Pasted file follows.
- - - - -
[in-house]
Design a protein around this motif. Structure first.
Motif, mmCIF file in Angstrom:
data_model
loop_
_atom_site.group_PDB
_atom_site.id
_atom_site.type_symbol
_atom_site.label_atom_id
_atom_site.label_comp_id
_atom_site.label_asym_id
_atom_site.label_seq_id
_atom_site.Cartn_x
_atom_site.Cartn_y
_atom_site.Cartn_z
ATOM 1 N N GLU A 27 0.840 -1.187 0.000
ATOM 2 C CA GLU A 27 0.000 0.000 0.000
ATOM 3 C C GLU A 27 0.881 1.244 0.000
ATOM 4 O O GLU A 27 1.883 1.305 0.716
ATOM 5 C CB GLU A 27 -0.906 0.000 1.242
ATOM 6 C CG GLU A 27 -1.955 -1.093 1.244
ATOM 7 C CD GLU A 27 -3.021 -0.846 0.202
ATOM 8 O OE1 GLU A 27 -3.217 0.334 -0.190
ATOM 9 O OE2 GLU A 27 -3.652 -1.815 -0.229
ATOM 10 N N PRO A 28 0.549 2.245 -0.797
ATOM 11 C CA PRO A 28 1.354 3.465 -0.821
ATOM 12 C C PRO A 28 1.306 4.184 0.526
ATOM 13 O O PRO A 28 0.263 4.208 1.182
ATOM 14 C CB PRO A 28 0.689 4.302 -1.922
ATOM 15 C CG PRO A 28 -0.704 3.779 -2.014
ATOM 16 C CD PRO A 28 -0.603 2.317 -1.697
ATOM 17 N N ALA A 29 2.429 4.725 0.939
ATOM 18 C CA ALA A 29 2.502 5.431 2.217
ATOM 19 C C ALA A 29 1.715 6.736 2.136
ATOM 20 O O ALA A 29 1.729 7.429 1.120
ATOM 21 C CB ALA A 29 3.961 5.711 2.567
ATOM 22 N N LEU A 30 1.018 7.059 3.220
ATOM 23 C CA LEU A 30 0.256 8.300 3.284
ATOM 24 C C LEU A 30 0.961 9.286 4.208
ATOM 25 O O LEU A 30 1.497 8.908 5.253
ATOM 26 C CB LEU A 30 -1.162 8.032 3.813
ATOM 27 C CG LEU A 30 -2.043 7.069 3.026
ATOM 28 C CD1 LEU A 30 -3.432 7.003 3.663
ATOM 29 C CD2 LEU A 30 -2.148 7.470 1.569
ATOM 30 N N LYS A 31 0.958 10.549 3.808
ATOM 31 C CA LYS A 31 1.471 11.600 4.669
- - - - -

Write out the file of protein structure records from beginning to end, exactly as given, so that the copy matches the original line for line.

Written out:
[in-house]
Design a protein around this motif. Structure first.
Motif, mmCIF file in Angstrom:
data_model
loop_
_atom_site.group_PDB
_atom_site.id
_atom_site.type_symbol
_atom_site.label_atom_id
_atom_site.label_comp_id
_atom_site.label_asym_id
_atom_site.label_seq_id
_atom_site.Cartn_x
_atom_site.Cartn_y
_atom_site.Cartn_z
ATOM 1 N N GLU A 27 0.840 -1.187 0.000
ATOM 2 C CA GLU A 27 0.000 0.000 0.000
ATOM 3 C C GLU A 27 0.881 1.244 0.000
ATOM 4 O O GLU A 27 1.883 1.305 0.716
ATOM 5 C CB GLU A 27 -0.906 0.000 1.242
ATOM 6 C CG GLU A 27 -1.955 -1.093 1.244
ATOM 7 C CD GLU A 27 -3.021 -0.846 0.202
ATOM 8 O OE1 GLU A 27 -3.217 0.334 -0.190
ATOM 9 O OE2 GLU A 27 -3.652 -1.815 -0.229
ATOM 10 N N PRO A 28 0.549 2.245 -0.797
ATOM 11 C CA PRO A 28 1.354 3.465 -0.821
ATOM 12 C C PRO A 28 1.306 4.184 0.526
ATOM 13 O O PRO A 28 0.263 4.208 1.182
ATOM 14 C CB PRO A 28 0.689 4.302 -1.922
ATOM 15 C CG PRO A 28 -0.704 3.779 -2.014
ATOM 16 C CD PRO A 28 -0.603 2.317 -1.697
ATOM 17 N N ALA A 29 2.429 4.725 0.939
ATOM 18 C CA ALA A 29 2.502 5.431 2.217
ATOM 19 C C ALA A 29 1.715 6.736 2.136
ATOM 20 O O ALA A 29 1.729 7.429 1.120
ATOM 21 C CB ALA A 29 3.961 5.711 2.567
ATOM 22 N N LEU A 30 1.018 7.059 3.220
ATOM 23 C CA LEU A 30 0.256 8.300 3.284
ATOM 24 C C LEU A 30 0.961 9.286 4.208
ATOM 25 O O LEU A 30 1.497 8.908 5.253
ATOM 26 C CB LEU A 30 -1.162 8.032 3.813
ATOM 27 C CG LEU A 30 -2.043 7.069 3.026
ATOM 28 C CD1 LEU A 30 -3.432 7.003 3.663
ATOM 29 C CD2 LEU A 30 -2.148 7.470 1.569
ATOM 30 N N LYS A 31 0.958 10.549 3.808
ATOM 31 C CA LYS A 31 1.471 11.600 4.669